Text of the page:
MGM Acquires Full Ownership of Epix for $1 Billion

The studio has bought out all of Viacom and Lionsgate’s interests in the premium pay TV network.

Metro-Goldwyn-Mayer has acquired Epix from co-venture partners Viacom and Lionsgate for $1.031 billion.

The deal includes Paramount Pictures and Lionsgate having multiyear agreements to continue bringing first-run movies to Epix. MGM, which already has a 19 percent stake, is set to control Epix's four linear pay TV channels available in the U.S. market.

The acquisition, pending regulatory approvals, is expected to close by the end of the month. The deal also values Epix at $1.275 billion, which includes $75 million in distributions to the joint venture partners to be paid out one day before the transaction closes.

Lionsgate in an SEC filing said it stands to receive $397.1 million for its 31.15 percent stake in Epix. Lionsgate and Viacom will also receive unspecified additional payments should MGM spin off any of the Epix assets during specific time periods.

MGM Holdings, parent of the Hollywood studio behind the James Bond film franchise, had been in talks for some time to acquire Epix from fellow shareholders Lionsgate and Viacom. The deal hinged on an overall valuation for Epix, thought to be in the $1 billion-$2 billion range.

"The addition of Epix provides MGM with a premier distribution platform that complements our strong stable of new and library content in both film and television," Gary Barber, chairman and CEO of MGM, said Wednesday in a statement.

The MGM deal for Epix is no surprise as Lionsgate in late January signaled it wished to sell its holding in the premium channel following its acquisition of Starz. Viacom also stirred speculation on Wall Street over the future of Epix when it explored a recombination with CBS.

Epix recently saw Mark Greenberg, president and CEO, extend his employment agreement with the premium entertainment network. Greenberg in a statement Wednesday said the time was right for MGM to acquire full control of the company as Lionsgate and Viacom had seen their businesses evolve away from the pay TV platform.

"Now is the right time to capitalize on their initial investment and focus their attention on their other businesses," he said.

It's understood Lionsgate has been looking since its recent merger with Starz to monetize non-core assets, of which the Epix stake was one. Lionsgate CEO Jon Feltheimer in a statement wished the Epix management well as his studio shifts its "investment focus to our wholly-owned platforms."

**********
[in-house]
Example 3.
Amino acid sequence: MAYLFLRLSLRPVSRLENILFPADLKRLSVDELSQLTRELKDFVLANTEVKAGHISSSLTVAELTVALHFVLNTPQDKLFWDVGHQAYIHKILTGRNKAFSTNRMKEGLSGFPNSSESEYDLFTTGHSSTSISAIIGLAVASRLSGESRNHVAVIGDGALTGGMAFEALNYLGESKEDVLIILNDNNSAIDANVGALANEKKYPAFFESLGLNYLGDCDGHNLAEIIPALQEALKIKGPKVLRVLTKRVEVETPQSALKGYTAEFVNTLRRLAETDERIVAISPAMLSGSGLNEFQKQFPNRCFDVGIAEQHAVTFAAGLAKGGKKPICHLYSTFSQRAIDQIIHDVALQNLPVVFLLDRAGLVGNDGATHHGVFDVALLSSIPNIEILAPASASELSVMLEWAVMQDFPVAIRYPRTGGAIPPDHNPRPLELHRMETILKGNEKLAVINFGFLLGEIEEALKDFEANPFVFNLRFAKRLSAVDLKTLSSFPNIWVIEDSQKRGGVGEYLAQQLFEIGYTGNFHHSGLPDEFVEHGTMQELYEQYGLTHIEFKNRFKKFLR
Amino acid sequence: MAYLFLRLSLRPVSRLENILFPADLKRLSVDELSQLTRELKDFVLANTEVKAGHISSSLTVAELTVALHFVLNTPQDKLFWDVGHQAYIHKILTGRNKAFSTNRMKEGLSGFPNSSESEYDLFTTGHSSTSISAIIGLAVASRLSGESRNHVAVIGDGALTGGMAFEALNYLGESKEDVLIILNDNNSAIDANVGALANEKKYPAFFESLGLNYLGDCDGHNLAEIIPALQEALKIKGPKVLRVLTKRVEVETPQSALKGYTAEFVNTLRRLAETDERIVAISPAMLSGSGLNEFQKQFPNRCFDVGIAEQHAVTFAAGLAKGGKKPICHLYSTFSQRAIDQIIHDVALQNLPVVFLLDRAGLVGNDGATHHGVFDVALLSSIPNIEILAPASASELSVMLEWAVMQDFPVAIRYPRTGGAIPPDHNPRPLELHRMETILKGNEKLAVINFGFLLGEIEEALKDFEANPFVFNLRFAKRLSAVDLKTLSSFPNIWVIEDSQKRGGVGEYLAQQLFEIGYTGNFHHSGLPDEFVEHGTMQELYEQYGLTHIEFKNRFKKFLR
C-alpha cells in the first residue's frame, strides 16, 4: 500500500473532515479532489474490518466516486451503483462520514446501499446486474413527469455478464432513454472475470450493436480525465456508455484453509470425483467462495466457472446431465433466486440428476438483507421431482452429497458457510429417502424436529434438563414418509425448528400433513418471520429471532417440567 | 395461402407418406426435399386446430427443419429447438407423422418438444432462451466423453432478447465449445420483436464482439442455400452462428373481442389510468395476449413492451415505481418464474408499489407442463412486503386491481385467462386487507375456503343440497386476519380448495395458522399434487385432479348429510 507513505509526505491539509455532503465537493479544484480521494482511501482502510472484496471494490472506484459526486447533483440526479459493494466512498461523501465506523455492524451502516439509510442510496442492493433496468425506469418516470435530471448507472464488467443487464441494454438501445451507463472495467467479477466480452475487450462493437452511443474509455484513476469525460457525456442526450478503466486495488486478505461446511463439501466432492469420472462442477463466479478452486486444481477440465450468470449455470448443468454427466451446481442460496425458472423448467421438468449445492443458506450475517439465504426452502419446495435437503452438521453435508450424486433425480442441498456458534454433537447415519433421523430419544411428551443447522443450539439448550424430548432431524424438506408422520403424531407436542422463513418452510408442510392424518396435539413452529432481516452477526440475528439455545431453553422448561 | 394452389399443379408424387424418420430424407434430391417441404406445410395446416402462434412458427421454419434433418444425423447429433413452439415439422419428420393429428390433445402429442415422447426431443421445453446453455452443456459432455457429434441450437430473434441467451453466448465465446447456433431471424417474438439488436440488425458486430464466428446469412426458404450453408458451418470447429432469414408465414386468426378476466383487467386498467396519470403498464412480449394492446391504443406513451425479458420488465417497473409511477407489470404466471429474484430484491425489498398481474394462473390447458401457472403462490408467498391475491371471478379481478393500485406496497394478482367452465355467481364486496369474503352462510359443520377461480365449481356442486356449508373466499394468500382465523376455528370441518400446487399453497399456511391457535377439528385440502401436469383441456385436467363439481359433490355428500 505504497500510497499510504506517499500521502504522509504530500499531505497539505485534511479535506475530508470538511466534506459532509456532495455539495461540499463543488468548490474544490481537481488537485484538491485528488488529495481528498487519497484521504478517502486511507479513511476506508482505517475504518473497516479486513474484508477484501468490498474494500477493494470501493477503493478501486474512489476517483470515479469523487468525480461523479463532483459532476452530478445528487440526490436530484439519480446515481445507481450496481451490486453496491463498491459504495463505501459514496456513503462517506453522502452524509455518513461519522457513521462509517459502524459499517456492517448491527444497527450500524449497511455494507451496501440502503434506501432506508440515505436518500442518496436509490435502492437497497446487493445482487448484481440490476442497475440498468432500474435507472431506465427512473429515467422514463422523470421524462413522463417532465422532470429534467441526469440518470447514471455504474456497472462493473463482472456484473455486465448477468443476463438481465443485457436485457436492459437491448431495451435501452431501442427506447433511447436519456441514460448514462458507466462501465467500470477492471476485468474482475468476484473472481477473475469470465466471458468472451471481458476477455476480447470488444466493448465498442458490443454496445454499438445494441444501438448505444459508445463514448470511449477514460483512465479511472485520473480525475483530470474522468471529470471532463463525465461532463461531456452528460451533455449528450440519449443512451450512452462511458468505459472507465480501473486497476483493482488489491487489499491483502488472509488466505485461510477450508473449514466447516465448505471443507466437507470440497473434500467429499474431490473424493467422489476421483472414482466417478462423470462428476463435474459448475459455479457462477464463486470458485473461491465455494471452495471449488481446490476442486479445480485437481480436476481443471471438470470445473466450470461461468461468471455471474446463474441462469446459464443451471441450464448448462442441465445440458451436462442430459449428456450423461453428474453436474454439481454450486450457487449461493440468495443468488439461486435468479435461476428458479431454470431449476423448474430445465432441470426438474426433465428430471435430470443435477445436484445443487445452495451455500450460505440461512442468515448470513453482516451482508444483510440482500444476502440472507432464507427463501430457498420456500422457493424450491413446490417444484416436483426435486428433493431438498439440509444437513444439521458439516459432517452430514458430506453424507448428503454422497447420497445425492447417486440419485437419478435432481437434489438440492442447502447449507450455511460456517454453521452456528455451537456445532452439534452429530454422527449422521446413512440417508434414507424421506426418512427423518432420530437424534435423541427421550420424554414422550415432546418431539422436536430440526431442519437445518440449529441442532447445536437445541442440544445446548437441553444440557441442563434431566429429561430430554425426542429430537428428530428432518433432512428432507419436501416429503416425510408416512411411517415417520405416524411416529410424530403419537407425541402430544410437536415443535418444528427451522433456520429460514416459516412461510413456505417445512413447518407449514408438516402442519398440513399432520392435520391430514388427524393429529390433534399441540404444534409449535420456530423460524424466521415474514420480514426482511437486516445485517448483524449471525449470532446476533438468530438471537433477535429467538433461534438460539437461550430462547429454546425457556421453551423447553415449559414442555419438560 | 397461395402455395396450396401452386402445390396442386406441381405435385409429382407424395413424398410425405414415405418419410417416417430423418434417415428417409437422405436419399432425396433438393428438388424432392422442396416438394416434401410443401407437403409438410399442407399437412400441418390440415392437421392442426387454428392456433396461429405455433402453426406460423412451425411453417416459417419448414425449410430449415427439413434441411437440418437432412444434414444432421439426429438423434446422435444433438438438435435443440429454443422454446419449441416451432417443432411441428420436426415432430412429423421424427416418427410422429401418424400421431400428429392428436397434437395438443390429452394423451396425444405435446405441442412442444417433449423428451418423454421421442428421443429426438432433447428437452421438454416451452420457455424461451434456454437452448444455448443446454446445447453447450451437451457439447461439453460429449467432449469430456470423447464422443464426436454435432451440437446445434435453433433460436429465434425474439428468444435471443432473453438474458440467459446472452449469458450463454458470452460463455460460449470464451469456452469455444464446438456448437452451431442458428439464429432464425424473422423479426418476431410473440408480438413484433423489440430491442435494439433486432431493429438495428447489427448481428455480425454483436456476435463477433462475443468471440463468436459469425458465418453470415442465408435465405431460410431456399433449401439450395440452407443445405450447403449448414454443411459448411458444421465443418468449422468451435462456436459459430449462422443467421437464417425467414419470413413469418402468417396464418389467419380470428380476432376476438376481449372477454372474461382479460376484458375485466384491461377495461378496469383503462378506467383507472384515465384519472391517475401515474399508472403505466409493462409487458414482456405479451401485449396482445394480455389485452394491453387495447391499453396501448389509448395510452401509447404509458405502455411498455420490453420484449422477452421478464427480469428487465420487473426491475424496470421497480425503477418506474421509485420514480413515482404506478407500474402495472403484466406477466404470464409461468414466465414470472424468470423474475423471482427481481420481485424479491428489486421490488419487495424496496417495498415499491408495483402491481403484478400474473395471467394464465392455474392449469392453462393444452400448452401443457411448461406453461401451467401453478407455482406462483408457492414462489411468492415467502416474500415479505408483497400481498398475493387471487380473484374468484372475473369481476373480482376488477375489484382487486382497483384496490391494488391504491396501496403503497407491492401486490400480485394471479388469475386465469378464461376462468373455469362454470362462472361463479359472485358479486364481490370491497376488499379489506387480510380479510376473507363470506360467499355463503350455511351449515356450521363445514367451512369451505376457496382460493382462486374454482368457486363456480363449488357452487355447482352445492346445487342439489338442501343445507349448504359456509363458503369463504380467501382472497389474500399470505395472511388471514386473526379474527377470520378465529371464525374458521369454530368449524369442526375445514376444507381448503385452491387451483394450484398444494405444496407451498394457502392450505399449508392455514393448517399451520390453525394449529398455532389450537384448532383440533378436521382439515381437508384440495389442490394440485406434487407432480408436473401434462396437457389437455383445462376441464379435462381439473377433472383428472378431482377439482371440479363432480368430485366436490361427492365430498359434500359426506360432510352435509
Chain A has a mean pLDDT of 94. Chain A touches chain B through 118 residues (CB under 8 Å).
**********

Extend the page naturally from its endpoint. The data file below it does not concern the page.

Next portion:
Viacom president and CEO Bob Bakish in his own statement said his company aimed to "strengthen our balance sheet by realizing the value of our equity investment." The sale of the Epix stake comes as Bakish continues a turnaround strategy at Viacom with a focus on Paramount Pictures, MTV in the U.S. and relationships with TV distributors in the U.S.

Wall Street watchers welcomed the MGM deal for allowing Viacom to cash in on its 49.76 percent stake and Lionsgate its 31.15 percent stake in Epix.

Macquarie Capital analyst Amy Yong told The Hollywood Reporter that Lionsgate selling its Epix stake would help bring down its debt leverage. "Blessed with Malone DNA, we see Lionsgate as a consolidator of free radicals" in the content space, she said.

B. Riley & Co. analyst Eric Wold said that the purchase price for Epix was "on the low end of expectations," but, he added, "we believe it makes sense for Lionsgate to move on from its successful investment in Epix and focus on the opportunity around Starz."

Epix has a content foundation from its joint venture partners’ first-run movie franchises, including The Hunger Games, Mission: Impossible, Star Trek and the Bond pics. Now it is building up its TV business with the original scripted series Graves, a half-hour political satire produced with Lionsgate TV, and Berlin Station, a contemporary spy-thriller from Paramount TV and Anonymous Content.

The acquisition of Epix aims to bolster MGM's TV business, which is run by Mark Burnett, the reality TV pioneer behind such hits as Survivor, The Apprentice, Shark Tank and The Voice and the driving force — along with his wife, Roma Downey — behind the miniseries The Bible and other faith-based programming.

 

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